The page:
With CBD available in so many types of products, what are the ones consumers are most interested in?
According to John Kagia, chief knowledge officer at New Frontier Data, whose company recently studied CBD buying patterns in Europe and is working on an American version of the report scheduled to be released this spring, it’s exactly what you’d think, based on the shelves.
“The most popular categories that we see are the tinctures, oil and other drop-form based products, which account for more than half of the most-popular products in the market,” Kagia says.
According to New Frontier’s data, more than 53% of CBD consumers have used a tincture or oil. Kagia says this may be due to their high rates of availability, ease of manufacture and capacity for scaling up.
Kagia says the second-most popular category, pills and capsules, take more engineering know-how and additional industrial machinery to produce, so it makes sense it is a smaller category. Following pills are flower, vape pens, beverages like beer/cider/wine, bottled teas and coffees, sweet edibles and bottled fruit juices/sports drinks.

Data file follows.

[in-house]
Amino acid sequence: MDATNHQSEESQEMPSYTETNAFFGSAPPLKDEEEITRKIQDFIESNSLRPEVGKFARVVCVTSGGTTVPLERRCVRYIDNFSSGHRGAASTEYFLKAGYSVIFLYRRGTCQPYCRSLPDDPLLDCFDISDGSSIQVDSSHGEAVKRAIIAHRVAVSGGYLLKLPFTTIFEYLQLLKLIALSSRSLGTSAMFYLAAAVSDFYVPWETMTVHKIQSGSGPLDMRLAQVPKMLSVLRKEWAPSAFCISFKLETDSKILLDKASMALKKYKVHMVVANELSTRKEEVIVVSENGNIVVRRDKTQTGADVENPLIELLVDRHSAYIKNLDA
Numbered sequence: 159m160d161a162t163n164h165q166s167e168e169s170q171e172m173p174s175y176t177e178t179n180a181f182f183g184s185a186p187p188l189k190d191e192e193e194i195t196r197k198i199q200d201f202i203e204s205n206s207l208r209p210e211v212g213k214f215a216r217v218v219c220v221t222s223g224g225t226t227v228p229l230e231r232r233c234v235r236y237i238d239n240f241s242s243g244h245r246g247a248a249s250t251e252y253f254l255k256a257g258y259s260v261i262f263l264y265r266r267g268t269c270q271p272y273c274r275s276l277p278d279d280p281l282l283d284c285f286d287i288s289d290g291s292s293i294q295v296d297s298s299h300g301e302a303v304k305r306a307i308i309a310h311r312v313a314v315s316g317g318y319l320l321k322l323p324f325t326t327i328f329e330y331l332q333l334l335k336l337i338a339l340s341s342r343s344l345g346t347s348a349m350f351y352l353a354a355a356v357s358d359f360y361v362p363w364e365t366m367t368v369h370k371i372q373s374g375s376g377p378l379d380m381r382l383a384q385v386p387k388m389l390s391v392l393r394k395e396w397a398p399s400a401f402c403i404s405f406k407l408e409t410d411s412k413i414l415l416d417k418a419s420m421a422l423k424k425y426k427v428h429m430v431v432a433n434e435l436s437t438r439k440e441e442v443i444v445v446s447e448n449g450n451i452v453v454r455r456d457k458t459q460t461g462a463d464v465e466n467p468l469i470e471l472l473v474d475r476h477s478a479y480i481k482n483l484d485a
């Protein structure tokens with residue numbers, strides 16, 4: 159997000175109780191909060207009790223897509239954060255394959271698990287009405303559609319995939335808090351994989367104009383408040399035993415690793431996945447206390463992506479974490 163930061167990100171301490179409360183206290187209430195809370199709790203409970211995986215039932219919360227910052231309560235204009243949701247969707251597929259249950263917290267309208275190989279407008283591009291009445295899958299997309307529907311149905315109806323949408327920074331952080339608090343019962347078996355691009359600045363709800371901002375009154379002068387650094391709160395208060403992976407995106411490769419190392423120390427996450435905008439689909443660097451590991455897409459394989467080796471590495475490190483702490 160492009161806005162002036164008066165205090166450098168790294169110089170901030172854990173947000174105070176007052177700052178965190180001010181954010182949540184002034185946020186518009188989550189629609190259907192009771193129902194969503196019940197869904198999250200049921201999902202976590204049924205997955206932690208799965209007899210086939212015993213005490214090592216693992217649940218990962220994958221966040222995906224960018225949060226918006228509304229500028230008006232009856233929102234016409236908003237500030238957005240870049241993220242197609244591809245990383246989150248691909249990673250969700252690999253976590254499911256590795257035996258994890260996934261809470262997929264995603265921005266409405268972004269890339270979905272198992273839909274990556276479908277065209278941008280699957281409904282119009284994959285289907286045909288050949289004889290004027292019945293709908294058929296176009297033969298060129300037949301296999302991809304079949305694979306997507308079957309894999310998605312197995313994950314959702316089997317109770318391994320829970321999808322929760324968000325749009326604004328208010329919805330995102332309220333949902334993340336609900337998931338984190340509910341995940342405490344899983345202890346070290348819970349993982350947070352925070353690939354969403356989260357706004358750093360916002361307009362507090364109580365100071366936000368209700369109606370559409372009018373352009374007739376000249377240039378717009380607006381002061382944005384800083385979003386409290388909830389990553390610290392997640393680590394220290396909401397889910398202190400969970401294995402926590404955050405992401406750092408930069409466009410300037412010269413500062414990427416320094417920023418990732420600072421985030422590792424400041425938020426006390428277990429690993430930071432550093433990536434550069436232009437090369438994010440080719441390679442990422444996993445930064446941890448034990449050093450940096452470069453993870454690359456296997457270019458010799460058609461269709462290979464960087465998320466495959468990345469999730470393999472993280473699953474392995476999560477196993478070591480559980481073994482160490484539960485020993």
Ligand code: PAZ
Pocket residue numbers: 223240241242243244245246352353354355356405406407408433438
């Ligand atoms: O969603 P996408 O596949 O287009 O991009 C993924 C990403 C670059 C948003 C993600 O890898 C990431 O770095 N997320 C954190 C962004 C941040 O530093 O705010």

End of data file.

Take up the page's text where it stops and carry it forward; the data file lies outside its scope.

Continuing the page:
A higher level of engineering knowledge is also necessary for making non-ingestible items such as topicals, which Kagia says is still “a really small subset of the market.” He says among non-ingestible products, the top selling items are massage oils and lubricants (6%), body moisturizers (5%) and facial products (4%).
For now, Kagia says Food and Drug Administration regulations on ingestible CBD in the United States remains an “open question,” but the U.S. market is already more mature than the European one, as New Frontier’s data shows that 85% of the U.S. population has heard of CBD and 28% have tried it, compared to 56% and 16%, respectively, in Europe.
Kagia says he expects tinctures and drops to remain popular going forward, but says the broad categories to watch in five years will be infused foods and drinks, topical applications that provide localized relief and pills and capsules that will include CBD as well as some other vitamins or minerals designed to achieve a specific therapeutic outcome.
He also said he expects a few more years of “out there” applications, such as sportwear and bedding, as the sector continues the “current trial-and-error moment of the sector.”
— Brian Beckley